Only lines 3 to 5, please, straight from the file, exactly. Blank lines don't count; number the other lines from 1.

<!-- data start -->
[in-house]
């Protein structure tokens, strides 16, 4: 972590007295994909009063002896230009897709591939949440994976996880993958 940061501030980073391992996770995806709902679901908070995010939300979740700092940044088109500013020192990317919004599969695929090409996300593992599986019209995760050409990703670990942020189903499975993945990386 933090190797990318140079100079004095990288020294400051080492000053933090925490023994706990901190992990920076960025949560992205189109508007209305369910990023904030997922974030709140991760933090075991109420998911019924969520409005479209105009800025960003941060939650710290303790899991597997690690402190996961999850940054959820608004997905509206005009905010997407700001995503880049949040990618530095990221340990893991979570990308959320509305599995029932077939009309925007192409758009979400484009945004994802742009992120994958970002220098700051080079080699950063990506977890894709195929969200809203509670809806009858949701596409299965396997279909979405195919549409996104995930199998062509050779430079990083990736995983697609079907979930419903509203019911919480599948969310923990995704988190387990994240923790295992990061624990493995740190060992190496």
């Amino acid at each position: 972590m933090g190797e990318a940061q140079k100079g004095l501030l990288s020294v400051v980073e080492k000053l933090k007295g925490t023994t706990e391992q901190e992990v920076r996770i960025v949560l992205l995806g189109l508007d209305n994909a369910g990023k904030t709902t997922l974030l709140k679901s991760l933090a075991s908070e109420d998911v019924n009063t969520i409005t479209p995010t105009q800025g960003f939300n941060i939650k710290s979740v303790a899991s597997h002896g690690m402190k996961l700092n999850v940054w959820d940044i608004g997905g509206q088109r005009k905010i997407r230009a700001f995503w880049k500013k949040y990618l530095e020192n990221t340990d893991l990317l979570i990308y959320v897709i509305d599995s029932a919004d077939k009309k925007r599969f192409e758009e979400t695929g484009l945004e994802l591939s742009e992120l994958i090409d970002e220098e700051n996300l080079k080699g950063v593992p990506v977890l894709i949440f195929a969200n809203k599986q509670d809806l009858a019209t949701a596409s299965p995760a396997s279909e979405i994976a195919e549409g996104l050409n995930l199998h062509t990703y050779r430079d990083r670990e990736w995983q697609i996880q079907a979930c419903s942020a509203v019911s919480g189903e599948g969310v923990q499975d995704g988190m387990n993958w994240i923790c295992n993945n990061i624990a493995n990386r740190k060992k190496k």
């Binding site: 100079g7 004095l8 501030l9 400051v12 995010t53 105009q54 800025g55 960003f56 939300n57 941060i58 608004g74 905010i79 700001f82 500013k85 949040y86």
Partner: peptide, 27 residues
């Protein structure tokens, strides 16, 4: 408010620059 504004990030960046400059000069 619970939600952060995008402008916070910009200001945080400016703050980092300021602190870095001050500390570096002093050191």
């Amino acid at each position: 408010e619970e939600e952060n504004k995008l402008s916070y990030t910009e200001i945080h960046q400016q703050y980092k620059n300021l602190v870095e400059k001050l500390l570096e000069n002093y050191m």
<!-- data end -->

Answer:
């Amino acid at each position: 972590m933090g190797e990318a940061q140079k100079g004095l501030l990288s020294v400051v980073e080492k000053l933090k007295g925490t023994t706990e391992q901190e992990v920076r996770i960025v949560l992205l995806g189109l508007d209305n994909a369910g990023k904030t709902t997922l974030l709140k679901s991760l933090a075991s908070e109420d998911v019924n009063t969520i409005t479209p995010t105009q800025g960003f939300n941060i939650k710290s979740v303790a899991s597997h002896g690690m402190k996961l700092n999850v940054w959820d940044i608004g997905g509206q088109r005009k905010i997407r230009a700001f995503w880049k500013k949040y990618l530095e020192n990221t340990d893991l990317l979570i990308y959320v897709i509305d599995s029932a919004d077939k009309k925007r599969f192409e758009e979400t695929g484009l945004e994802l591939s742009e992120l994958i090409d970002e220098e700051n996300l080079k080699g950063v593992p990506v977890l894709i949440f195929a969200n809203k599986q509670d809806l009858a019209t949701a596409s299965p995760a396997s279909e979405i994976a195919e549409g996104l050409n995930l199998h062509t990703y050779r430079d990083r670990e990736w995983q697609i996880q079907a979930c419903s942020a509203v019911s919480g189903e599948g969310v923990q499975d995704g988190m387990n993958w994240i923790c295992n993945n990061i624990a493995n990386r740190k060992k190496k």
């Binding site: 100079g7 004095l8 501030l9 400051v12 995010t53 105009q54 800025g55 960003f56 939300n57 941060i58 608004g74 905010i79 700001f82 500013k85 949040y86």
Partner: peptide, 27 residues